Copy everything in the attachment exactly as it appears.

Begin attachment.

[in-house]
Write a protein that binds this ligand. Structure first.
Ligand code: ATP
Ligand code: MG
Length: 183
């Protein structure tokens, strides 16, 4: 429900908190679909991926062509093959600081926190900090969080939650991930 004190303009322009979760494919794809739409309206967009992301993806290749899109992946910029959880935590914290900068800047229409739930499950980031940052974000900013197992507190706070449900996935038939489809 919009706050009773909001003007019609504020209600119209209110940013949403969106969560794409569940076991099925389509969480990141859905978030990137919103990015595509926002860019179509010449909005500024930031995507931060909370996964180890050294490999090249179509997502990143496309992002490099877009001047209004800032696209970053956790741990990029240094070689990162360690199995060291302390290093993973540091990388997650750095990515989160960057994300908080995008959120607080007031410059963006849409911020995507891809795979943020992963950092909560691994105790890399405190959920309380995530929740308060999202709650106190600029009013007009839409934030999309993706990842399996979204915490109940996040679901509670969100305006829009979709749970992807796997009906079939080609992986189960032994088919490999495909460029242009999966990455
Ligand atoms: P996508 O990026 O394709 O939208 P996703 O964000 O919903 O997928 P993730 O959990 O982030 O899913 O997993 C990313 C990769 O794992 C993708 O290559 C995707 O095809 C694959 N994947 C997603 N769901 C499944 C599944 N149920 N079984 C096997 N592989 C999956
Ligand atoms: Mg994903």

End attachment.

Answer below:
[in-house]
Write a protein that binds this ligand. Structure first.
Ligand code: ATP
Ligand code: MG
Length: 183
């Protein structure tokens, strides 16, 4: 429900908190679909991926062509093959600081926190900090969080939650991930 004190303009322009979760494919794809739409309206967009992301993806290749899109992946910029959880935590914290900068800047229409739930499950980031940052974000900013197992507190706070449900996935038939489809 919009706050009773909001003007019609504020209600119209209110940013949403969106969560794409569940076991099925389509969480990141859905978030990137919103990015595509926002860019179509010449909005500024930031995507931060909370996964180890050294490999090249179509997502990143496309992002490099877009001047209004800032696209970053956790741990990029240094070689990162360690199995060291302390290093993973540091990388997650750095990515989160960057994300908080995008959120607080007031410059963006849409911020995507891809795979943020992963950092909560691994105790890399405190959920309380995530929740308060999202709650106190600029009013007009839409934030999309993706990842399996979204915490109940996040679901509670969100305006829009979709749970992807796997009906079939080609992986189960032994088919490999495909460029242009999966990455
Ligand atoms: P996508 O990026 O394709 O939208 P996703 O964000 O919903 O997928 P993730 O959990 O982030 O899913 O997993 C990313 C990769 O794992 C993708 O290559 C995707 O095809 C694959 N994947 C997603 N769901 C499944 C599944 N149920 N079984 C096997 N592989 C999956
Ligand atoms: Mg994903």